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LA (and California) Got Jobbed by the Rent Relief Package

by Hayes Davenport
February 3, 2021

In the last federal stimulus package, the one from December, there was $25 billion dedicated to rental assistance for low-income tenants. This is good!

California is getting a little more than 10% of that money — $2.6 billion. This seems stupid. We should be getting more.

California makes up 12% of the population of the US.We have a higher percentage of renters than the average state (45% to 37% nationally).Our median rent is the second-highest in the country, just behind the state that is an actual island paradise.California has the third-highest unemployment rate right now (Hawaii also #1).

You’re telling me Montana got $200 million for rent relief in this package? That’s like $200 per person! We only got $62 a person! $62 in California buys you a carton of eggs. Montana doesn’t even want this freaking money! They’re holding back $183 million of it “in reserve”!!!

Why is it only the Republican administrations that shamelessly reward the states that voted for […]

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Improbably Rosy Predictions Underlie Newsom’s Abrupt Lockdown Switch-Off

by Scott Frazier
January 27, 2021

A powerful man, looking harried and desperate for a win, is speaking to a digital scrum of reporters and members of the public. His constituents are tired of severe shutdown measures. He feels pressure mounting from all sides – but especially from corporate interests – to produce some good news. New daily Covid cases have fallen sharply and a key metric that tracks the disease’s spread has fallen far below the level at which new daily cases might be expected to grow in the coming days. 

While admitting things are looking up and acknowledging the feelings of hope inspired by the still new vaccine rollout, he stops short of giving in to demands to relax restrictions. His administration, he says, will take a look at the matter in mid-February and not before. He concludes: “I think people want to see us making sure we don’t throw [recent progress] away by having a premature relaxation and then another big surge of infection.”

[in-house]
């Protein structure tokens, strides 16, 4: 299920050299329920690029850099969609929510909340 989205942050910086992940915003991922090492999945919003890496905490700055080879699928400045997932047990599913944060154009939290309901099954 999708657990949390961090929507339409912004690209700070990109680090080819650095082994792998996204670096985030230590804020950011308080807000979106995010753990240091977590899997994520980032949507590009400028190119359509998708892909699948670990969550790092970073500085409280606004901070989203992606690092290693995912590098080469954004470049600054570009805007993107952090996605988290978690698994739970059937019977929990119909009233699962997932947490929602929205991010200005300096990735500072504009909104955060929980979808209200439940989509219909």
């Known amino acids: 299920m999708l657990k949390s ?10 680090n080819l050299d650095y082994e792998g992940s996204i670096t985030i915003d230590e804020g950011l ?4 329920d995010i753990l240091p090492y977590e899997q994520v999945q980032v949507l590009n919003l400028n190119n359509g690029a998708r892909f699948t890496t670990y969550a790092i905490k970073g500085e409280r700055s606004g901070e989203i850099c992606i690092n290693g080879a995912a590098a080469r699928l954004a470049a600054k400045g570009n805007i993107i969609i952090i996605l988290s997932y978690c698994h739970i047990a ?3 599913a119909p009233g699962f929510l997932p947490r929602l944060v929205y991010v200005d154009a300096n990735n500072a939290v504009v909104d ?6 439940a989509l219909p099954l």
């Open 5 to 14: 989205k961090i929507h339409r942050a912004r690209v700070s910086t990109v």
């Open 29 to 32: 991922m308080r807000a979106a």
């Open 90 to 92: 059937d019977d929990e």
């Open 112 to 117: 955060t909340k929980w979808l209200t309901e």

This […]

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What is up with this new California variant?

by Hayes Davenport
January 19, 2021

Kids are drawing pictures of the new coronavirus. That's a good thing. -  Bulletin of the Atomic Scientists

Very excited to announce that California has formed a brand partnership with a terrifying new COVID strain. The “California variant” has now received a dedicated headline in the LA Times, the San Francisco Chronicle, the New York Times, the Washington Post, and DEADLINE, BABY!!!

All of these articles mention the fact that this new variant might be more transmissible and also might be more resistant to available vaccines — which, if true, would be at least in the running for the most devastating single development in human history.

I read all the articles about this variant, completely lost my shit, and then looked into the data a little more. Now I am an expert and will calmly share the knowledge I’ve accumulated.

Let’s start with the reasons this strain might be something to worry about, followed by the reasons […]

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A Co-Conspirator on City Council

by Scott Frazier
January 13, 2021

As City Councilmember Mitchell Englander drove in furtive circles through the thicket of one-way streets downtown, he turned to his passenger and whispered under the din of the radio. Moments before, he had boosted the volume to an ache-inducing roar, the better to hide his words if someone happened to be listening. It was imperative that no one should hear him roughly coaching the man sitting next to him to deliver short rehearsible falsehoods:

“You just say ‘I was so drunk I don’t remember calling.’”

“‘No I didn’t arrange a massage for anybody.’”

“‘He shook my hand and said hello, that was it.’”

“‘He asked me a couple times how much does he owe me, he and John owe me, and I didn’t have an amount.’”

“‘…he and John owe me…’”

“‘…he and John…’”

ImageEnglander: “I couldn’t be happier… we couldn’t ask for a better representative for CD12.” Quote and screen capture from Councilmember John Lee’s Public Swearing-In Ceremony.

The passenger, Andy Wang, a purveyor of […]

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We Built This Target

by Alissa Walker
December 29, 2020

An LA Podcast exclusive: Alissa performs an original song from her forthcoming album Knee Deep in the CEQA

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Tell me why it isn’t time for a two-week shutdown

by Hayes Davenport
December 5, 2020


Last night, the available ICU capacity in the counties that make up the state’s new definition of “Southern California” dropped to 13.1% — a decrease of 7.5 percentage points from the previous day.